UKZN HIV and AIDS Programme Coordinator, Ms Nomonde Magantolo, spoke on working alone and in a team to achieve a collective desired outcome. She said there was a need to appreciate different conflict resolution strategies in the work place and the importance of self-development.

A dynamic debriefing session was done by a Psychologist, Ms Hameeda Bassa, which empowered staff to deal with work related trauma and other general life ordeals.

Mr Amith Ramballie, Senior Student Development Specialist (Manager: UKZN Disability Support Unit, Central Information Coordinator and HIV and AIDS Programme) demonstrated relaxation sessions employees could use at work or at home.

A workshop on Sexually Transmitted Infections (STIs) and Family Planning was facilitated by Sister Khalelani Terry, who is based at UKZN’s Pietermaritzburg Campus Health Clinic.

Staff members also took part in different team building sessions.

Sithembile Shabangu


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UKZN Impi back with a Bang Against Wits!

UKZN Impi back with a Bang Against Wits!
UKZN Impi beat Wits University 26-21 at the Varsity Shield game earlier this week.

The Varsity Cup Executive Board took a decision last week to resume all Varsity Cup and Varsity Shield games as of Monday, 14 March and to have all the games played at the FNB Stadium precinct and main stadium in Johannesburg.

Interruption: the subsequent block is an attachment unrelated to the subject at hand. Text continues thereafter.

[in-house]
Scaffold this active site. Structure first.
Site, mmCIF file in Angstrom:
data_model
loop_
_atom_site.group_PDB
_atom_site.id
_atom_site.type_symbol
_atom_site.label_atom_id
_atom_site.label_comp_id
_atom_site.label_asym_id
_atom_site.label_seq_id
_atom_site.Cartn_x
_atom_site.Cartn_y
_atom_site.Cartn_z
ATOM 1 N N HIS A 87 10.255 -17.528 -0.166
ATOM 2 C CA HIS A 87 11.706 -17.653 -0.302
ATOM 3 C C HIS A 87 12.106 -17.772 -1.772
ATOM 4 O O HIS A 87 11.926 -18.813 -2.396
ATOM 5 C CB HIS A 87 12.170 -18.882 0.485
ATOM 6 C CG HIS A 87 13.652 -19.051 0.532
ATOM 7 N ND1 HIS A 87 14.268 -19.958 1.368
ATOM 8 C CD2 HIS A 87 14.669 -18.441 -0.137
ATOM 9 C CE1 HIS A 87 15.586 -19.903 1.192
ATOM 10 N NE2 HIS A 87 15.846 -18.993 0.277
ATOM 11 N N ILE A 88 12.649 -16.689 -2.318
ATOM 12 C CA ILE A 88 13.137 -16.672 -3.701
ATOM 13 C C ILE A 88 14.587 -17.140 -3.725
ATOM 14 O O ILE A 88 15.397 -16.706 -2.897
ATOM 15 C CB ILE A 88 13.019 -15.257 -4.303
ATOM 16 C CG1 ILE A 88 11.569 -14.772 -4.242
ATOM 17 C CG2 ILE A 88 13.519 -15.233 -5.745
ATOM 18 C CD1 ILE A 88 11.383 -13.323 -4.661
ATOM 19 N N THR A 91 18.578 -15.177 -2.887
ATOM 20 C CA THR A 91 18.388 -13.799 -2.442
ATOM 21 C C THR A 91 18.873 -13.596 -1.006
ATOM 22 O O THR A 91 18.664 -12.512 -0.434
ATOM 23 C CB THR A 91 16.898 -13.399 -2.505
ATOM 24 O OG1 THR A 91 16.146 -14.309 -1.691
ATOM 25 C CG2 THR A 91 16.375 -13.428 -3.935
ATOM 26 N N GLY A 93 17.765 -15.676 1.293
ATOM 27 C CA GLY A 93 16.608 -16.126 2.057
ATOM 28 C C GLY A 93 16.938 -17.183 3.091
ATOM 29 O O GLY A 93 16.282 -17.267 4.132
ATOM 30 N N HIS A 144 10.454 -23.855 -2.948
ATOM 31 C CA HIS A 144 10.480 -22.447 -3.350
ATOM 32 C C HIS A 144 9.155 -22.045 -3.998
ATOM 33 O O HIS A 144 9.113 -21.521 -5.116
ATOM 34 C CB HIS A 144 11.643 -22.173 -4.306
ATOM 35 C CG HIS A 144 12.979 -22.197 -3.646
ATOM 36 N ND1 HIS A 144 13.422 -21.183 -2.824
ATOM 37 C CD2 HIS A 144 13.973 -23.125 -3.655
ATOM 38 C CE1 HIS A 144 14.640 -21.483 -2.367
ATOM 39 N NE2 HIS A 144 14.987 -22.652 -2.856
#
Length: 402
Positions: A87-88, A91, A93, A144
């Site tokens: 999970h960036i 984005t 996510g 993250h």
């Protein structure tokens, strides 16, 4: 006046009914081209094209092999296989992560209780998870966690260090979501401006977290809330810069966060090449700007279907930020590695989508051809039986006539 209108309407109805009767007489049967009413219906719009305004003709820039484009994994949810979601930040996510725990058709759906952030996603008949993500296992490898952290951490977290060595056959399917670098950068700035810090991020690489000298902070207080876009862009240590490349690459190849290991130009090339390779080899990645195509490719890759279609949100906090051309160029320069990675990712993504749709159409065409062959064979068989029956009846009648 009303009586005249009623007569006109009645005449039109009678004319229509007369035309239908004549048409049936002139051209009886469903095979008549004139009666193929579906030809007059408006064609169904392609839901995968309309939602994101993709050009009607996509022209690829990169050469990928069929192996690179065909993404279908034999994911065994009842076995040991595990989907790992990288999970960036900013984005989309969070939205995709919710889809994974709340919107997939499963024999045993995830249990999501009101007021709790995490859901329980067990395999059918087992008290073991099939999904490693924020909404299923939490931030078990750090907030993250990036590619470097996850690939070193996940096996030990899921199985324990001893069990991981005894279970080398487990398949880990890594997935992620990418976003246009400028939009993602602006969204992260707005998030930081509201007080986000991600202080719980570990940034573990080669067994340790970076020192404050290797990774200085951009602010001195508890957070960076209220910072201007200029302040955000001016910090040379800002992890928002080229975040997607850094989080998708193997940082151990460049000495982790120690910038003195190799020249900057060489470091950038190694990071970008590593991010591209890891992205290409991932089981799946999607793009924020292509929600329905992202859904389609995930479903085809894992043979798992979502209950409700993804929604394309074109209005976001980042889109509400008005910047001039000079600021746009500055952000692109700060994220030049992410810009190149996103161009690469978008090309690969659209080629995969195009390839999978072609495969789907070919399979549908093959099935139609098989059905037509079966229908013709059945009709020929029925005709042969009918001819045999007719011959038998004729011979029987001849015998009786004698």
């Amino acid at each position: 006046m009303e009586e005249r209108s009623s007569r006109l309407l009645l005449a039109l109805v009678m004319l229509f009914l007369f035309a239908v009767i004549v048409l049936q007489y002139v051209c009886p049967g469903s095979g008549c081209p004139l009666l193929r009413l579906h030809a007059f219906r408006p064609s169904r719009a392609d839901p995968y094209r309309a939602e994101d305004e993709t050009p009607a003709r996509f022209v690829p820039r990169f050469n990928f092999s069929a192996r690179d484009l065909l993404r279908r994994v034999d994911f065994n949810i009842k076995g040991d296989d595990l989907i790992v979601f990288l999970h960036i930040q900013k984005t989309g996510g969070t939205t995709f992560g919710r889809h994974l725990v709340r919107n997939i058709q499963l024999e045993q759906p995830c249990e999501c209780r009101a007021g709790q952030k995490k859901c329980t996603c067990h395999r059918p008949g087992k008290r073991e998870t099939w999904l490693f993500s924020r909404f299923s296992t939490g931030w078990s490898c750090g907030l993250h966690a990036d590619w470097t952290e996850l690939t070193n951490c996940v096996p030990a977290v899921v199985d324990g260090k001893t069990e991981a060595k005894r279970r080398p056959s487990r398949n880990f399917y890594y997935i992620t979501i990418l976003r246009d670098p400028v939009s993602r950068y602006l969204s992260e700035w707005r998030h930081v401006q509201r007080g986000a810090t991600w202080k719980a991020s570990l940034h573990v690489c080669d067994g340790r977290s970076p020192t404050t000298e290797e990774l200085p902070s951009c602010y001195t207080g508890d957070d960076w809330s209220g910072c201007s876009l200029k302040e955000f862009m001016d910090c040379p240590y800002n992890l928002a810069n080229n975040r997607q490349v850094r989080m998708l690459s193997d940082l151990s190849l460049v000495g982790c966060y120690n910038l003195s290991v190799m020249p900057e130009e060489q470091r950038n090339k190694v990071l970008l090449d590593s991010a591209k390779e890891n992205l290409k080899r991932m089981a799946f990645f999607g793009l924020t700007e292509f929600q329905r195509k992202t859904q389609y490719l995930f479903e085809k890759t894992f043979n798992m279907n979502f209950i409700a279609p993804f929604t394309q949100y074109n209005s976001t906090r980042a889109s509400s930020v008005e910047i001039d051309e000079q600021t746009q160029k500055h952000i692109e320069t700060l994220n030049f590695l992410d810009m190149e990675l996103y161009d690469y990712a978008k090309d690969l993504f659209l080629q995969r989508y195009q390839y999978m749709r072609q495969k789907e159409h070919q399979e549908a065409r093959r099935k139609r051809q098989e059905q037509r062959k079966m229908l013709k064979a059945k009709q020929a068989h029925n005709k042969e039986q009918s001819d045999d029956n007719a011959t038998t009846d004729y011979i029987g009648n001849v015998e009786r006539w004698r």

The decision to remove games from universities was not supported by some of the universities including UKZN; however, our Impi team had to abide by the decision and continue with the games being played away from their loyal supporters.

Our Impi took on their arch rivals, Wits University, on Monday, 14 March with just the two teams on the field and no spectators. The first half saw our Impi taking on pressure as Wits scored 3 tries against our penalty kick which ended the 1st half at 21-2 to Wits.

Michael Horak and his coaching team managed to calm our boys down during the halftime break and this led to the team playing the game at their pace during the second half. UKZN Impi turned up the heat on the Wits defense and were rewarded with an early try coming from winger Thobekani Buthelezi taking the score to 21-10 to Wits. Our Boytjies continued their attack and got another great try from fly half Tristan Tedder, taking the score to 21-18 with 10 minutes left.

Our UKZN Impi gave it their all and a moment of brilliance from the team saw winger Thobekani Buthelezi score his second try of the game which secured the victory for our Impi with a score of 26-21.

UKZN winger and try scorer Thobekani Buthelezi was awarded the Player that Rocks for his outstanding performance and his contribution of two tries to our victory.

Sibusiso Chalufu